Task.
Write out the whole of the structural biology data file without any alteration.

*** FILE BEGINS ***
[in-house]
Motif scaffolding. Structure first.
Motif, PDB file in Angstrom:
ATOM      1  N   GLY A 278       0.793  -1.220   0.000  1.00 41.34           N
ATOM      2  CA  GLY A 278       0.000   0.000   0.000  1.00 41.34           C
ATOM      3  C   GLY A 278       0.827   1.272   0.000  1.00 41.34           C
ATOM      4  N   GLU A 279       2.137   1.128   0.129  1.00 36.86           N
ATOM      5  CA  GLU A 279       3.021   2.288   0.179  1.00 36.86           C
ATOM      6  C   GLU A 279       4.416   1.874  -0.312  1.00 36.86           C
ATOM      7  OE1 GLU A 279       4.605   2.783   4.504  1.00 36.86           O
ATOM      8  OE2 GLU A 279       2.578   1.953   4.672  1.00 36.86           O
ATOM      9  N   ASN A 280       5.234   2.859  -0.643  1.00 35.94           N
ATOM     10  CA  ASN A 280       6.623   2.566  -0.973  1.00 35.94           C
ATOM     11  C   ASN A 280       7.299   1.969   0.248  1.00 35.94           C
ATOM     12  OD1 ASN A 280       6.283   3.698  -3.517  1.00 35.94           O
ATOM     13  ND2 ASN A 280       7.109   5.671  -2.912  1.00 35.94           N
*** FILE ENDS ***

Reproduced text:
[in-house]
Motif scaffolding. Structure first.
Motif, PDB file in Angstrom:
ATOM      1  N   GLY A 278       0.793  -1.220   0.000  1.00 41.34           N
ATOM      2  CA  GLY A 278       0.000   0.000   0.000  1.00 41.34           C
ATOM      3  C   GLY A 278       0.827   1.272   0.000  1.00 41.34           C
ATOM      4  N   GLU A 279       2.137   1.128   0.129  1.00 36.86           N
ATOM      5  CA  GLU A 279       3.021   2.288   0.179  1.00 36.86           C
ATOM      6  C   GLU A 279       4.416   1.874  -0.312  1.00 36.86           C
ATOM      7  OE1 GLU A 279       4.605   2.783   4.504  1.00 36.86           O
ATOM      8  OE2 GLU A 279       2.578   1.953   4.672  1.00 36.86           O
ATOM      9  N   ASN A 280       5.234   2.859  -0.643  1.00 35.94           N
ATOM     10  CA  ASN A 280       6.623   2.566  -0.973  1.00 35.94           C
ATOM     11  C   ASN A 280       7.299   1.969   0.248  1.00 35.94           C
ATOM     12  OD1 ASN A 280       6.283   3.698  -3.517  1.00 35.94           O
ATOM     13  ND2 ASN A 280       7.109   5.671  -2.912  1.00 35.94           N